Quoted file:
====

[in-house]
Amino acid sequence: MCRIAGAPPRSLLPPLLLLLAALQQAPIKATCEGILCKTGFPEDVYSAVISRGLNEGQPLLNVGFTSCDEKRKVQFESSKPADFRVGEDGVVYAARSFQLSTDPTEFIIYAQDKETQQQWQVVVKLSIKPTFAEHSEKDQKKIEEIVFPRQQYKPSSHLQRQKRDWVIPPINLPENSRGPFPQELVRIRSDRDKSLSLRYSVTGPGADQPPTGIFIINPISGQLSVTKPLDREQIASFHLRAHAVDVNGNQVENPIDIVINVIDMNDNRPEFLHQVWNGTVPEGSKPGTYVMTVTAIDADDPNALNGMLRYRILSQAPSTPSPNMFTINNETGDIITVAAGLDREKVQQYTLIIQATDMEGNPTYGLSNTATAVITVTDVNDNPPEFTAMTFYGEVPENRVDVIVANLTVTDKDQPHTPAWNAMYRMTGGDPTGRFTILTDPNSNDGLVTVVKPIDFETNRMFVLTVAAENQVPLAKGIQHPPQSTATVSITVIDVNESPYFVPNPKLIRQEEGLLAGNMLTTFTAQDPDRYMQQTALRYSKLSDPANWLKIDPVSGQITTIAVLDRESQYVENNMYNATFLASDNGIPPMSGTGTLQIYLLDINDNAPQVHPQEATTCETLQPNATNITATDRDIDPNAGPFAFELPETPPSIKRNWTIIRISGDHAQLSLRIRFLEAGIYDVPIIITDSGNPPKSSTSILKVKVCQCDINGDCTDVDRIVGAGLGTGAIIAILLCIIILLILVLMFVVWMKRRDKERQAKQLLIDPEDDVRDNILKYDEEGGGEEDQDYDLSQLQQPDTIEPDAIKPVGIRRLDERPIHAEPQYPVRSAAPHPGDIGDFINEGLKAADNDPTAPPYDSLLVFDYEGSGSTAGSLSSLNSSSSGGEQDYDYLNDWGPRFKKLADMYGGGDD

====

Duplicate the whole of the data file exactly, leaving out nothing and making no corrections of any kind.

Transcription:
[in-house]
Amino acid sequence: MCRIAGAPPRSLLPPLLLLLAALQQAPIKATCEGILCKTGFPEDVYSAVISRGLNEGQPLLNVGFTSCDEKRKVQFESSKPADFRVGEDGVVYAARSFQLSTDPTEFIIYAQDKETQQQWQVVVKLSIKPTFAEHSEKDQKKIEEIVFPRQQYKPSSHLQRQKRDWVIPPINLPENSRGPFPQELVRIRSDRDKSLSLRYSVTGPGADQPPTGIFIINPISGQLSVTKPLDREQIASFHLRAHAVDVNGNQVENPIDIVINVIDMNDNRPEFLHQVWNGTVPEGSKPGTYVMTVTAIDADDPNALNGMLRYRILSQAPSTPSPNMFTINNETGDIITVAAGLDREKVQQYTLIIQATDMEGNPTYGLSNTATAVITVTDVNDNPPEFTAMTFYGEVPENRVDVIVANLTVTDKDQPHTPAWNAMYRMTGGDPTGRFTILTDPNSNDGLVTVVKPIDFETNRMFVLTVAAENQVPLAKGIQHPPQSTATVSITVIDVNESPYFVPNPKLIRQEEGLLAGNMLTTFTAQDPDRYMQQTALRYSKLSDPANWLKIDPVSGQITTIAVLDRESQYVENNMYNATFLASDNGIPPMSGTGTLQIYLLDINDNAPQVHPQEATTCETLQPNATNITATDRDIDPNAGPFAFELPETPPSIKRNWTIIRISGDHAQLSLRIRFLEAGIYDVPIIITDSGNPPKSSTSILKVKVCQCDINGDCTDVDRIVGAGLGTGAIIAILLCIIILLILVLMFVVWMKRRDKERQAKQLLIDPEDDVRDNILKYDEEGGGEEDQDYDLSQLQQPDTIEPDAIKPVGIRRLDERPIHAEPQYPVRSAAPHPGDIGDFINEGLKAADNDPTAPPYDSLLVFDYEGSGSTAGSLSSLNSSSSGGEQDYDYLNDWGPRFKKLADMYGGGDD